Gamer’s Journey: 5 Months of Fantasy Gaming Leads to New Definition of Cool
I’ve always been an equal opportunity gamer, but can honestly admit that a certain bias still hung in the back of my mind like a closed-minded version of Fonzie, a Fonzie who kicked working jukeboxes so they’d stop functioning. This pervasive individual constantly whispered horrible things into my ear about the world of fantasy-themed games and the people who played them, spouting venom about a genre that has all but dominated the last few months of my life.
The Judgment From Within Will Find Its Way Out
“You don’t want to be one of those guys, do you?” he’d say, subtly hinting at the ridiculously stereotypical concept of basement dwellers dressing as their favorite sword wielding heroes, only leaving the safety of their homes when a convention was in town. The Fonz was my foundation for acceptable social behavior and, even though his eyes were a lot scarier, Evil Fonz still represented this.
“No,” I’d say as I looked upon his leather jacket and dark sunglasses with every shade of green that envy could be. I was very good about partitioning time between the real world and gaming, but this latest string of sword and sorcery rich titles was actually worrying me a bit. Dungeon Defenders, Skyrim, Dungeons of Dredmor, Kingdoms of Amalur: Reckoning, Diablo 3 had all grabbed hold of my attention like a hungry monkey grabbing a banana.
Was Evil Fonzi warning me of a possible “addiction,” or was he actually a spiritual representative of games with modern/future themes? Or was he just a symbol of what cool was? Would Henry Winkler think it odd that I had an imaginary version of him running through my brain? Was I breaking copyright laws?
Hallucinations Can Be Informative
At this point I realized that my usual self-assurance was being questioned by a manifestation of my own mind, but the questions that arose were questions I felt were important to consider. While I’d been sucked into games set in eras not dictated by battle-axe duels, fantasy games didn’t need to put forth a whole lot of effort to make me their little boy toy. Obviously, the caliber of games I’ve mentioned has a lot to do with their longevity in my gaming schedule, but I came to the conclusion that my attempted abstinence from the fantasy genre, or at least my abstinence from admitting how much I liked it, was one that most likely came from a pretentiousness that I can gladly say I’ve washed from my body like the stench of drunken bar wench.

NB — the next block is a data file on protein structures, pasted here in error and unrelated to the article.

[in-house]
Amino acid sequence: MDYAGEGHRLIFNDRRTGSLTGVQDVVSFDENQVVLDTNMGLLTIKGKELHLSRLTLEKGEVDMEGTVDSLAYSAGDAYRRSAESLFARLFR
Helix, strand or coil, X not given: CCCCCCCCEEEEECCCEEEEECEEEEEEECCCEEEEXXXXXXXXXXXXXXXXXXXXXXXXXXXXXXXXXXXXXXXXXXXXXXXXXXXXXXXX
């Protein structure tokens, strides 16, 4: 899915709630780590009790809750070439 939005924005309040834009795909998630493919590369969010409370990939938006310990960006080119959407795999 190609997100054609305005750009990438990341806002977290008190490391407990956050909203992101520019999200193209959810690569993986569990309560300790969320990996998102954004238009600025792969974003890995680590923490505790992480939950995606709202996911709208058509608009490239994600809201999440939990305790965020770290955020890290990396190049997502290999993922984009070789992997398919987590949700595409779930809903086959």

Once I’d come out of the fantasy closet, if you will, I noticed the world appeared quite a bit different. I began viewing my friends and acquaintances as potential party members for future adventures as opposed to dudes and dudettes that I hung out with every now and again. This made me think twice about judging people based solely on their social stature, instead digging deeper in an attempt to tease out relevant adventure themed skills. Skills like archery and animal husbandry aren’t the type of skills one wears on one’s sleeve, yet both could be advantageous on an adventure. This wasn’t always beneficial as I had to find a happy medium between “adventure friends” and “modern friends,” because I’d yet to decide on an adventure and some adventure friends are kind of embarrassing in certain settings. Regardless, there’s never anything wrong with meeting new people.
A Whole New World
At this point, I was all in. Parties became revelry, medicine became potions and my diet started to include quite a bit more meat that still resembled the animal it was stripped from. At the request of my wife, my ale consumption stayed limited as gout is a common ailment of my ancestors and she grew tired of my drunken sword fights employing the French baguette she often enjoyed with a glass of wine every now and again at the dinner table. She really didn’t understand the references I made to conquering Baal or stopping the resurrection of ancient dragons; she just really wanted to spread brie on bread and watch her stories. A good woman is hard to come by in these dark days, so I kept my behavior in check and saved my strength for my digital questing.
The best thing about this waterfall of enthusiasm was how much more I enjoyed games. I literally began to roar when I conquered some unsavory beast on one of my many gaming expeditions, startling my loyal subjects (cats) Scuffles and Snuggles. I felt bad, but holy cow I’d been blind to the satisfaction of sending goblins to their doom via duel wielded swords! I realized that the biggest issue wasn’t the fact that I’d been shy about the way I felt about the fantasy genre, it was that I’d been playing these games wrong my entire life! It was almost as if I’d capped my enjoyment level because I thought I was way too cool to dive headfirst into ancient mythology. The fact is, whether I admitted to playing these games or not, I still wasn’t nearly as cool as Evil Fonzi, Good Fonzi, Zach Morris or McSteamy, all of which had been my standards of coolness up until that point. Yet, why did I think these guys were so cool? They rarely went on any sort of magical journey or heroic rescue mission and their skill set was based entirely around being cool. My eyes were truly open.
I feel like my 5 months of fantasy gaming have not only given me more confidence in the games I play, but they’ve also made me realize that my mentality towards certain things has been heavily influenced by those I respected in the past. Evil Fonzie represented what cool was, or at least what I thought cool should be, but I’m an adult now and I need to have more adult tastes in terms of idols. Sorry Fonz, but you’ve been replaced by characters better suited for destroying the denizens of hell. No hard feelings.
Gamer’s Journey – Stories about the unique gaming experiences that have propelled us through games, franchises, genres, and the gaming industry itself.